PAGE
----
Jonathan Barnett (USC): Copyright Without Creators. From Slate, J. Bryan Lowder on how camp is not dead — it’s alive, well, and here to stay. Breeding baby fiscal hawks: Pete Peterson's long game to reduce the national debt involves wooing college kids with cash prizes and a visit to Bill Clinton's conference. Leon Neyfakh on what we want from the Marathon bombing trial: Boston expects a lot from the Tsarnaev prosecution — if things go right, we won’t get it all. The first chapter from Looking for Rights in All the Wrong Places: Why State Constitutions Contain America's Positive Rights by Emily Zackin. Kevin Smokler gave himself a tough assignment when he set out to write Practical Classics: 50 Reasons to Reread 50 Books You Haven’t Touched Since High School, and not just because he had to compose the equivalent of fifty book reports in less than ten months.


Rick Swedloff (Rutgers): The Trouble With Happiness. What makes us happy, revisited: A new look at the famous Harvard study of what makes people thrive. Barry Schwartz reviews The Myths of Happiness: What Should Make You Happy, but Doesn’t, What Shouldn’t Make You Happy, but Does by Sonja Lyubomirsky, Love 2.0: How Our Supreme Emotion Affects Everything We Feel, Think, Do, and Become by Barbara Fredrickson, and Happy Money: The Science of Smarter Spending by Elizabeth Dunn and Michael Norton. Yes, money really can buy happiness: The data suggests that the more money you make, the happier and more satisfied you become — there is no end to the striving. Wayne G. Rollins reviews The Bible and the Pursuit of Happiness: What the Old and New Testaments Teach Us about the Good Life. John Cullen reviews An Ecology of Happiness by Eric Lambin.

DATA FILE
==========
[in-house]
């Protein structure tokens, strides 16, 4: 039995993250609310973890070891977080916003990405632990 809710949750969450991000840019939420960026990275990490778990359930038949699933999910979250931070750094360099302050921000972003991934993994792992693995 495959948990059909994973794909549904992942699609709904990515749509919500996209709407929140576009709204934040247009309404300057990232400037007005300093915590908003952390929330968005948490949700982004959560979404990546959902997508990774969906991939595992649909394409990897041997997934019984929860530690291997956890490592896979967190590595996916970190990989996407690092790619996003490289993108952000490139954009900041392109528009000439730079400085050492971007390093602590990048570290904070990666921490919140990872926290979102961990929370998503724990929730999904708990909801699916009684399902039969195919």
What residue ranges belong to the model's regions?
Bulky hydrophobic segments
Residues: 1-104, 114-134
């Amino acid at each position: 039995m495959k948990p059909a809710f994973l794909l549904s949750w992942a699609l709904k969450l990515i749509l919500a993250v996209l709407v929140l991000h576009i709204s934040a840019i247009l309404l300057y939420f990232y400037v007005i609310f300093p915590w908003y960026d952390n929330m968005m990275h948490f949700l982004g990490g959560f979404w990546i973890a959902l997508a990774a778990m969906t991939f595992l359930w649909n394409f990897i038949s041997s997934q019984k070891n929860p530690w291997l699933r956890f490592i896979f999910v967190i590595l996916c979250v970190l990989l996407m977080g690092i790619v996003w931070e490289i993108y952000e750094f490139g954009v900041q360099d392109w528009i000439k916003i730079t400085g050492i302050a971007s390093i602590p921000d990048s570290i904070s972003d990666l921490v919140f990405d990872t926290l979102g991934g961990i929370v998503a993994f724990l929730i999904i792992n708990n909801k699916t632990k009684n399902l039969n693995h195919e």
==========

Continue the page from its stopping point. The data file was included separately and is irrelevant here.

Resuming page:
Walter Scheidel (Stanford): Evolutionary Psychology and the Historian. From U.S. Intellectual History Blog, a series of roundtable essays on Kerwin Lee Klein's From History to Theory. David Greenberg on Howard Zinn's influential mutilations of American history. Piero Scaruffi on a new history of prehistory. Richard Overy reviews The Undivided Past: History Beyond Our Differences by David Cannadine (and more). A specter is haunting university history departments: the specter of capitalism. Mathematicians predict the future with data from the past: Peter Turchin is turning himself into a real-life Hari Seldon — and he’s not alone. Eric Schultz on why history students should love Big Data. Ben Thompson is the Michael Bay of historians, and that's completely alright: Sam Riedel reviews Badass: Ultimate Deathmatch: Skull-Crushing True Stories of the Most Hardcore Duels, Showdowns, Fistfights, Last Stands, Suicide Charges, and Military Engagements of All Time.